"It is of high importance to a litigant that the triers of his cause should be impartial and disinterested men, and the law makes careful provision for securing him this right. In speaking of this right, the court of appeals of New York said: `The object of the law is to procure impartial, unbiased persons as jurors. They must be omni *103 exceptione majores. They must have no interest in the subject-matter of the litigation.' Diveny v. City of Elmira, 51 N.Y. 506. The supreme court of Nebraska declared a like doctrine in Ensign v. Harney, 15 Neb. 330, 18 N.W. 73, 48 Am.Rep. 344, where it was said: `Unless fair-minded, unbiased jurors can be selected, a trial becomes a mere farce, dependent, not upon the merits of the case, but upon extraneous circumstances, such as the bias, prejudice, or interest of the jury. To determine the competency of a juror, an oath is administered to him, and he is required to answer all questions touching his qualifications as a juror, not generally, but in that particular case. Great latitude is allowed in such examinations, and, if it appears probable that the juror is not indifferent between the parties, he is excluded.' Other courts have asserted a similar doctrine. * * * So in Melson v. Dickson, 63 Ga. 682, 36 Am.Rep. 128, it was said: `A big part of the battle is the selection of the jury, and an impartial jury is the corner-stone of the fairness of trial by jury.' The principle is so plain and just that it needs little more than a bare statement, and we refrain from further reference to authorities, although they are very abundant. "The examination of a juror on his voir dire has a twofold purpose, namely, to ascertain whether a cause for challenge exists, and to ascertain whether it is wise and expedient to exercise the right of peremptory challenge given to parties by the law. It is often important that a party should know the relation of a person called as a juror to his adversary, in order that he may interpose a challenge for cause, or exercise his peremptory right to challenge. It is the duty of a juror to make full and truthful answers to such questions as are asked him, neither falsely stating any fact, nor concealing any material matter, since full knowledge of all material and relevant matters is essential to the fair and just exercise of the right to challenge either peremptorily or for cause. A juror who falsely misrepresents his interest or situation, or conceals a material fact relevant to the controversy, is guilty of misconduct, and such misconduct is prejudicial to the party, for it impairs his right to challenge. In this instance the appellant had a right to a full and truthful answer from Bowman, and it was his duty to make that answer without evasion, equivocation, or concealment." (Italics supplied.)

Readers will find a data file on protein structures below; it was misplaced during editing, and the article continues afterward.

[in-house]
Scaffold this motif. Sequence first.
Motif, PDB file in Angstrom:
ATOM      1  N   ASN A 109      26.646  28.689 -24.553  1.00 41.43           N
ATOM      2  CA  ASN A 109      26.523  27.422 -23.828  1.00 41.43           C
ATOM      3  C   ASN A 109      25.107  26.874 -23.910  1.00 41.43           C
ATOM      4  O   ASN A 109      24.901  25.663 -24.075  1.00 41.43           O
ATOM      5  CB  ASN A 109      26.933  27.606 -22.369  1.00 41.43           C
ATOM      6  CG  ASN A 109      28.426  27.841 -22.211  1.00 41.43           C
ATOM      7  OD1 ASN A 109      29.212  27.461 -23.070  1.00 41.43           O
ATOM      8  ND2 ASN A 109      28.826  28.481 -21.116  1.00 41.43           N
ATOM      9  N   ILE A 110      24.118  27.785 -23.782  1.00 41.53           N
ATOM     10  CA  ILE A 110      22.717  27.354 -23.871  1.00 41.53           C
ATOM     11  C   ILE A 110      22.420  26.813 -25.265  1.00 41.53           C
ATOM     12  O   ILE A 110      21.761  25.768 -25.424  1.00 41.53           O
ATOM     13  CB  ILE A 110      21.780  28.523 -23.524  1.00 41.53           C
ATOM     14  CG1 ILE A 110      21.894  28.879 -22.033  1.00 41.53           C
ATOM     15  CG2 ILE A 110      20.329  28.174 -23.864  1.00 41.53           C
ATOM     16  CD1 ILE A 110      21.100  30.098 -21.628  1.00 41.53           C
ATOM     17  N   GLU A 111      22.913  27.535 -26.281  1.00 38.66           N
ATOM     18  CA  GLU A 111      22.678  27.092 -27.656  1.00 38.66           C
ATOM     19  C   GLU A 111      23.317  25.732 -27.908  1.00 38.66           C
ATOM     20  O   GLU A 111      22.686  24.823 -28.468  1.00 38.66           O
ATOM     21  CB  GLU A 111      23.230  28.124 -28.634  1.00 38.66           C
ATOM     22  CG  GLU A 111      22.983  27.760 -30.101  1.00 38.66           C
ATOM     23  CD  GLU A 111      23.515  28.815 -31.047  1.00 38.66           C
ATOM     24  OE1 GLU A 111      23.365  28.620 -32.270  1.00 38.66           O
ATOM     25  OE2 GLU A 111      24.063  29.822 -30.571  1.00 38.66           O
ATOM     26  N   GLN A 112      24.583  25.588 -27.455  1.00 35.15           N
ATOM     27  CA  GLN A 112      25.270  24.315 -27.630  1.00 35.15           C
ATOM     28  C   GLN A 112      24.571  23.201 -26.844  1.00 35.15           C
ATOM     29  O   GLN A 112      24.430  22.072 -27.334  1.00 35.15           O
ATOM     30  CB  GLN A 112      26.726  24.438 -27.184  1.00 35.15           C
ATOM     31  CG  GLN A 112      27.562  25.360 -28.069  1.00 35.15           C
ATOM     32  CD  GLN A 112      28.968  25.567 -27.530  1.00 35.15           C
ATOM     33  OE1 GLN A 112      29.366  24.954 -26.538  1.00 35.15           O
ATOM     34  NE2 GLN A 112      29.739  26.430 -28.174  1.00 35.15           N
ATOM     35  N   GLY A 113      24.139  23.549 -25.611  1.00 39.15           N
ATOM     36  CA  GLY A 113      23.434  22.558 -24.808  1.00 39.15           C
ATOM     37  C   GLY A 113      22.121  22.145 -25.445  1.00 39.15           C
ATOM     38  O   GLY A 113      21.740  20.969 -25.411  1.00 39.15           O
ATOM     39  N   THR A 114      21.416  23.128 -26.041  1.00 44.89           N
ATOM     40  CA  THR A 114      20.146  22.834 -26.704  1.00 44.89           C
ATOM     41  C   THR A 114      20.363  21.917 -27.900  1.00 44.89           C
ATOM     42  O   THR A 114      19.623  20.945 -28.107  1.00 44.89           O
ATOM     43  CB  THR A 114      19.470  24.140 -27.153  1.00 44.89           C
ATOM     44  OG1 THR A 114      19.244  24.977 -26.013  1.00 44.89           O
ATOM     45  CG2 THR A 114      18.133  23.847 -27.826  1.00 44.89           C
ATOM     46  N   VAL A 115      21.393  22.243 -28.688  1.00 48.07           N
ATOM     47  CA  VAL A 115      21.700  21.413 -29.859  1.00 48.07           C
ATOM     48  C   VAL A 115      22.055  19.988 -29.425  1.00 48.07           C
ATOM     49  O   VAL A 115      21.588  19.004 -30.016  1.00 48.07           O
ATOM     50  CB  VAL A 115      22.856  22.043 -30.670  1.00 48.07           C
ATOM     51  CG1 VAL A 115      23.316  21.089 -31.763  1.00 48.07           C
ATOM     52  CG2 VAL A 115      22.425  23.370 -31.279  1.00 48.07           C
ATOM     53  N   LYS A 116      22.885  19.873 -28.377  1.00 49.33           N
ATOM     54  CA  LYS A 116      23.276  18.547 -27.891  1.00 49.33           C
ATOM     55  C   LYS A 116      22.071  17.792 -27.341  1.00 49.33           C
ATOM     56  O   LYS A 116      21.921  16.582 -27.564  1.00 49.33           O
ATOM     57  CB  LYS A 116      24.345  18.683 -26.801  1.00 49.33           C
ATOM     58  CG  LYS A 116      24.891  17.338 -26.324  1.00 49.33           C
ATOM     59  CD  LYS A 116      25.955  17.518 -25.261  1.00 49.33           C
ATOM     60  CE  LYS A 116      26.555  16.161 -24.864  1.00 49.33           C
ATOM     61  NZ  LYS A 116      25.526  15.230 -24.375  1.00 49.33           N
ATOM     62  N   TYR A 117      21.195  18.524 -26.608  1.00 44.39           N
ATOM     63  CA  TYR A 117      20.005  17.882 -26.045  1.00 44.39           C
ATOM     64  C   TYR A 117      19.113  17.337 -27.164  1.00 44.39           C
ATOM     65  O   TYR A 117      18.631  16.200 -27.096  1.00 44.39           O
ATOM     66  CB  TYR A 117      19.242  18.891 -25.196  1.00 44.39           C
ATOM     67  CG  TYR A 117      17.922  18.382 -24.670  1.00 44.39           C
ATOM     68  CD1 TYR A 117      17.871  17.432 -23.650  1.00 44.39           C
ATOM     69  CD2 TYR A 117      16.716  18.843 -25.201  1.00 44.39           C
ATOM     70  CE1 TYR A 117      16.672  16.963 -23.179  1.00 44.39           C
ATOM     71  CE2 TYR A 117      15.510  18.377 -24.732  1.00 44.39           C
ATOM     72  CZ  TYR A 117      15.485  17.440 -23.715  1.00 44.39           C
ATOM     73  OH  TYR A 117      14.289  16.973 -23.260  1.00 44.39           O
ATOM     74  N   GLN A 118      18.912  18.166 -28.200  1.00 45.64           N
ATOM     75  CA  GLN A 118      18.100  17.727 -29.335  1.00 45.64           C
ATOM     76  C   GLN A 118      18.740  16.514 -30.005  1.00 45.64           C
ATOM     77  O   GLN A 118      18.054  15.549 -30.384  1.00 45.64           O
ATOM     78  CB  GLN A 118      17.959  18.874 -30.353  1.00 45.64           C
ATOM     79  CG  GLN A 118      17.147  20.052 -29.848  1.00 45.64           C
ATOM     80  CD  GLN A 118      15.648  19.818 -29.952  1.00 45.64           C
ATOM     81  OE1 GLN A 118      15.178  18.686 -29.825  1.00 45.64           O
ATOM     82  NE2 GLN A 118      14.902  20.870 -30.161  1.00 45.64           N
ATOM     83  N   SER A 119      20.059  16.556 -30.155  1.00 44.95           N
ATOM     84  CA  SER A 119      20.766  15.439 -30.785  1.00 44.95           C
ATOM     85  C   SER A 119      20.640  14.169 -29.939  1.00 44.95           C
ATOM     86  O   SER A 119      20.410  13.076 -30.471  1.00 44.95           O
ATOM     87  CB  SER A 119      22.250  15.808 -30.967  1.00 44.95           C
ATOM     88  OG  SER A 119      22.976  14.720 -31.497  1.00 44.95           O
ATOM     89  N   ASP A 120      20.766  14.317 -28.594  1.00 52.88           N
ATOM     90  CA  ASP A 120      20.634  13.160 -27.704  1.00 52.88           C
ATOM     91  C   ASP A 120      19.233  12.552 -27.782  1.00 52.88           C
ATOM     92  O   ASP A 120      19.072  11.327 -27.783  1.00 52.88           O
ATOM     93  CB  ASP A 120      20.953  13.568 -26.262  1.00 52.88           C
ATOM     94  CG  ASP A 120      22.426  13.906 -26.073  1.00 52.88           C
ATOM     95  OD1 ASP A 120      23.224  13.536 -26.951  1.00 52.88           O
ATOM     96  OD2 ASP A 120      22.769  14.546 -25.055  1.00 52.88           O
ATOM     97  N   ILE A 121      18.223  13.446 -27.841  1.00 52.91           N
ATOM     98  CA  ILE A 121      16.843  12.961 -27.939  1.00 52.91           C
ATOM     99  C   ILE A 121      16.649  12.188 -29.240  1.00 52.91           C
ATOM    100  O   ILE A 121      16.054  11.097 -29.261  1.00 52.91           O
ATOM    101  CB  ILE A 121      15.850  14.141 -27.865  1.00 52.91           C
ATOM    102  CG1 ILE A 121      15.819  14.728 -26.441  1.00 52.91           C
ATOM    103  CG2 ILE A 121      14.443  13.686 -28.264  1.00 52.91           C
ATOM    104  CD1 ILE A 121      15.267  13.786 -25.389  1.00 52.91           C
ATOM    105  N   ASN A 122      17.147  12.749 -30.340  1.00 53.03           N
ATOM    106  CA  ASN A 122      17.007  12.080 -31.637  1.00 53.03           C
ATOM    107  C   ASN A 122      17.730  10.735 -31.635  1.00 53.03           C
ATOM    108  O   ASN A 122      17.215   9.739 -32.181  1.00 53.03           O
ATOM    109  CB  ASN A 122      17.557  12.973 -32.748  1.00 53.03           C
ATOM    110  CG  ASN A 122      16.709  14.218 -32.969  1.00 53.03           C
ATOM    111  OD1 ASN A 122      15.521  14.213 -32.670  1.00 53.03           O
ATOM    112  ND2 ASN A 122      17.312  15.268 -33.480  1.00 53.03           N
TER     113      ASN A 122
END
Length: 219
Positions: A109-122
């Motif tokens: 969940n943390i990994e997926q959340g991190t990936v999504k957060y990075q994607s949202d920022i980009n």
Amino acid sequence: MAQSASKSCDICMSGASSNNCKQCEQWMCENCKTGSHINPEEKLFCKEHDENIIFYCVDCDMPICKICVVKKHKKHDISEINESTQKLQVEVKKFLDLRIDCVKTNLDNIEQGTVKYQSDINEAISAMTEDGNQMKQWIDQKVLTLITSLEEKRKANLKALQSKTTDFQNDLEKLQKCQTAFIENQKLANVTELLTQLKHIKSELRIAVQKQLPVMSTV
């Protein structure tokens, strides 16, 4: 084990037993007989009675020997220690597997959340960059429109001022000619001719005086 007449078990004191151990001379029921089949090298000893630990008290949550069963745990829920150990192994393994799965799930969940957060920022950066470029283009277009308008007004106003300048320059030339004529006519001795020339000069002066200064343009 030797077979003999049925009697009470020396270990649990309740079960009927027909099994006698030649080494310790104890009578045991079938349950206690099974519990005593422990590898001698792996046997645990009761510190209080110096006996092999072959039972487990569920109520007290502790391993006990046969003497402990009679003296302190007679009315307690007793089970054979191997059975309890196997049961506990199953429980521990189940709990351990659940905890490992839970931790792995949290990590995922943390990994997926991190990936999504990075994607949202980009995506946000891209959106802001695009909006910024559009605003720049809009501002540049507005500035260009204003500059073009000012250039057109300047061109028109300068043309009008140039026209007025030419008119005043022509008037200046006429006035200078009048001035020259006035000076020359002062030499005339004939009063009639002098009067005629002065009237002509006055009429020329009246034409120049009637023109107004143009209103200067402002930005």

See also White v. State, 129 Fla. 885, 176 So. 842; 39 Am.Jur. 65, Sec. 45; Johnson v. Tyler, 1 Ind. App. 387, 27 N.E. 643; Texas Employers' Insurance Association v. Wade, Tex.Civ.App., 197 S.W.2d 203, supra; Gibney v. St. Louis Transit Co., 204 Mo. 704, 103 S.W. 43; Kelley v. Adams County, 113 Neb. 377, 203 N.W. 544; Paducah T. & A.R. Co. v. Muzzell, 95 Tenn. 200, 31 S.W. 999; Tegarden v. Phillips, Ind. App., 39 N.E. 212; City of Dayton v. Perry, Ohio App., 44 N.E.2d 381; Griffith v. State, 31 Ala.App. 432, 18 So. 2d 284; Jones v. Imperial Garages, Or., 145 P.2d 469.

For the reasons stated herein I vote to grant the petition for rehearing and would reverse this case for a new trial.